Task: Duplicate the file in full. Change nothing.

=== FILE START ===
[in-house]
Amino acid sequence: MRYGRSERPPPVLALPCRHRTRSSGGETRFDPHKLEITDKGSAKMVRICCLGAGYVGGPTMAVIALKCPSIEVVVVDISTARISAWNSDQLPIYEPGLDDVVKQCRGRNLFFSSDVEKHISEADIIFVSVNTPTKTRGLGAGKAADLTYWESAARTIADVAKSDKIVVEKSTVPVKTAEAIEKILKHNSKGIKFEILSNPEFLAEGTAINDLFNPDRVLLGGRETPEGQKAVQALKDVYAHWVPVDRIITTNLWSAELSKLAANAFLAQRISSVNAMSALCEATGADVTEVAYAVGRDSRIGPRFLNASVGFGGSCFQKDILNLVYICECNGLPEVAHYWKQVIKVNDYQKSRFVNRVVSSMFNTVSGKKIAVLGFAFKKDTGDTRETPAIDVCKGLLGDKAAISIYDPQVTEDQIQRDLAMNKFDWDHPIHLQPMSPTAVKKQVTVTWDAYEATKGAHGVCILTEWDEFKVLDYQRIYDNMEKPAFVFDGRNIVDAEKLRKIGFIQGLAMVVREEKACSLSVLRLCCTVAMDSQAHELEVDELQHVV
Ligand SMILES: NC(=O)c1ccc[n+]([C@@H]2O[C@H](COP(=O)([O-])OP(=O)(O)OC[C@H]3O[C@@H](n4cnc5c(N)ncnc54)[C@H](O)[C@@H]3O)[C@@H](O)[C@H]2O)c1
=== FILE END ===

[in-house]
Amino acid sequence: MRYGRSERPPPVLALPCRHRTRSSGGETRFDPHKLEITDKGSAKMVRICCLGAGYVGGPTMAVIALKCPSIEVVVVDISTARISAWNSDQLPIYEPGLDDVVKQCRGRNLFFSSDVEKHISEADIIFVSVNTPTKTRGLGAGKAADLTYWESAARTIADVAKSDKIVVEKSTVPVKTAEAIEKILKHNSKGIKFEILSNPEFLAEGTAINDLFNPDRVLLGGRETPEGQKAVQALKDVYAHWVPVDRIITTNLWSAELSKLAANAFLAQRISSVNAMSALCEATGADVTEVAYAVGRDSRIGPRFLNASVGFGGSCFQKDILNLVYICECNGLPEVAHYWKQVIKVNDYQKSRFVNRVVSSMFNTVSGKKIAVLGFAFKKDTGDTRETPAIDVCKGLLGDKAAISIYDPQVTEDQIQRDLAMNKFDWDHPIHLQPMSPTAVKKQVTVTWDAYEATKGAHGVCILTEWDEFKVLDYQRIYDNMEKPAFVFDGRNIVDAEKLRKIGFIQGLAMVVREEKACSLSVLRLCCTVAMDSQAHELEVDELQHVV
Ligand SMILES: NC(=O)c1ccc[n+]([C@@H]2O[C@H](COP(=O)([O-])OP(=O)(O)OC[C@H]3O[C@@H](n4cnc5c(N)ncnc54)[C@H](O)[C@@H]3O)[C@@H](O)[C@H]2O)c1